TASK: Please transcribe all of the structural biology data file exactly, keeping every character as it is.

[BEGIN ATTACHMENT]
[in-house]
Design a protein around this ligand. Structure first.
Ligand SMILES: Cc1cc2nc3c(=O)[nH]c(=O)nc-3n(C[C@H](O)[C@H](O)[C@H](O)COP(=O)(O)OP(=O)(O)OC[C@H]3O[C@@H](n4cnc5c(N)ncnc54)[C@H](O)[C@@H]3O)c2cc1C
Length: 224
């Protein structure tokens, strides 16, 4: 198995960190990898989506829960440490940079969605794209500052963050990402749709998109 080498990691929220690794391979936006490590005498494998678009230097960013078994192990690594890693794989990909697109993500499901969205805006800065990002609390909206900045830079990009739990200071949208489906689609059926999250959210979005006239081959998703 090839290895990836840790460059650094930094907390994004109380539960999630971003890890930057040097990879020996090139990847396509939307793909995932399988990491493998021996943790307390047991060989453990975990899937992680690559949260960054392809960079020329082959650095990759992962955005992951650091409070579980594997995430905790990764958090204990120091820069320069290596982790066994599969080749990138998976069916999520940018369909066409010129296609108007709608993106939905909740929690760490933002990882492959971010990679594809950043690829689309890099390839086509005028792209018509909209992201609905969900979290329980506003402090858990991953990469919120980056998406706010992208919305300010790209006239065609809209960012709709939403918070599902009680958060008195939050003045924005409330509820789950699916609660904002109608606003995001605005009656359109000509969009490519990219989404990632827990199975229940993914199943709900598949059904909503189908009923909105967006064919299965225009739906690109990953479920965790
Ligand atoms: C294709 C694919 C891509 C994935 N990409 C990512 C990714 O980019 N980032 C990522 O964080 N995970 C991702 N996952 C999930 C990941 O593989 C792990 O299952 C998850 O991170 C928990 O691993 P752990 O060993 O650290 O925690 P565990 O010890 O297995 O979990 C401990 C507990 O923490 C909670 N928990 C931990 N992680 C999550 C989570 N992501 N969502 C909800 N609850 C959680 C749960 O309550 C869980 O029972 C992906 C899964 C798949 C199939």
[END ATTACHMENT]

[in-house]
Design a protein around this ligand. Structure first.
Ligand SMILES: Cc1cc2nc3c(=O)[nH]c(=O)nc-3n(C[C@H](O)[C@H](O)[C@H](O)COP(=O)(O)OP(=O)(O)OC[C@H]3O[C@@H](n4cnc5c(N)ncnc54)[C@H](O)[C@@H]3O)c2cc1C
Length: 224
């Protein structure tokens, strides 16, 4: 198995960190990898989506829960440490940079969605794209500052963050990402749709998109 080498990691929220690794391979936006490590005498494998678009230097960013078994192990690594890693794989990909697109993500499901969205805006800065990002609390909206900045830079990009739990200071949208489906689609059926999250959210979005006239081959998703 090839290895990836840790460059650094930094907390994004109380539960999630971003890890930057040097990879020996090139990847396509939307793909995932399988990491493998021996943790307390047991060989453990975990899937992680690559949260960054392809960079020329082959650095990759992962955005992951650091409070579980594997995430905790990764958090204990120091820069320069290596982790066994599969080749990138998976069916999520940018369909066409010129296609108007709608993106939905909740929690760490933002990882492959971010990679594809950043690829689309890099390839086509005028792209018509909209992201609905969900979290329980506003402090858990991953990469919120980056998406706010992208919305300010790209006239065609809209960012709709939403918070599902009680958060008195939050003045924005409330509820789950699916609660904002109608606003995001605005009656359109000509969009490519990219989404990632827990199975229940993914199943709900598949059904909503189908009923909105967006064919299965225009739906690109990953479920965790
Ligand atoms: C294709 C694919 C891509 C994935 N990409 C990512 C990714 O980019 N980032 C990522 O964080 N995970 C991702 N996952 C999930 C990941 O593989 C792990 O299952 C998850 O991170 C928990 O691993 P752990 O060993 O650290 O925690 P565990 O010890 O297995 O979990 C401990 C507990 O923490 C909670 N928990 C931990 N992680 C999550 C989570 N992501 N969502 C909800 N609850 C959680 C749960 O309550 C869980 O029972 C992906 C899964 C798949 C199939």